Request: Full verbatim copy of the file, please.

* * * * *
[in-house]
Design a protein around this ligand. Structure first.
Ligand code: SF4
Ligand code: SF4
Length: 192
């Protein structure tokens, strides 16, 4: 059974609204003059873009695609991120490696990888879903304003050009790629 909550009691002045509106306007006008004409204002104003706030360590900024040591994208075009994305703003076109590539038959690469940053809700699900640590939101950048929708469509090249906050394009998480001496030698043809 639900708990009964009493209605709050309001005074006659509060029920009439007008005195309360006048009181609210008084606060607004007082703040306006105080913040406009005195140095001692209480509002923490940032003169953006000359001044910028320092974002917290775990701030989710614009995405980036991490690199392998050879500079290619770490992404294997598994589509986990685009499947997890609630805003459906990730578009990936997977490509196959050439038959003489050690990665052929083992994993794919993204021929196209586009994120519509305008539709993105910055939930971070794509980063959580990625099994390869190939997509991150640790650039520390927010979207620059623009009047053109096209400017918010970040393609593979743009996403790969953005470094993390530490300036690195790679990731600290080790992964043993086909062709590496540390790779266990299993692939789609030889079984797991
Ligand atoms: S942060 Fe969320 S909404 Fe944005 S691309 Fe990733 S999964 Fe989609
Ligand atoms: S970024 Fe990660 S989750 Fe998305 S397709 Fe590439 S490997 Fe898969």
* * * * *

[in-house]
Design a protein around this ligand. Structure first.
Ligand code: SF4
Ligand code: SF4
Length: 192
């Protein structure tokens, strides 16, 4: 059974609204003059873009695609991120490696990888879903304003050009790629 909550009691002045509106306007006008004409204002104003706030360590900024040591994208075009994305703003076109590539038959690469940053809700699900640590939101950048929708469509090249906050394009998480001496030698043809 639900708990009964009493209605709050309001005074006659509060029920009439007008005195309360006048009181609210008084606060607004007082703040306006105080913040406009005195140095001692209480509002923490940032003169953006000359001044910028320092974002917290775990701030989710614009995405980036991490690199392998050879500079290619770490992404294997598994589509986990685009499947997890609630805003459906990730578009990936997977490509196959050439038959003489050690990665052929083992994993794919993204021929196209586009994120519509305008539709993105910055939930971070794509980063959580990625099994390869190939997509991150640790650039520390927010979207620059623009009047053109096209400017918010970040393609593979743009996403790969953005470094993390530490300036690195790679990731600290080790992964043993086909062709590496540390790779266990299993692939789609030889079984797991
Ligand atoms: S942060 Fe969320 S909404 Fe944005 S691309 Fe990733 S999964 Fe989609
Ligand atoms: S970024 Fe990660 S989750 Fe998305 S397709 Fe590439 S490997 Fe898969």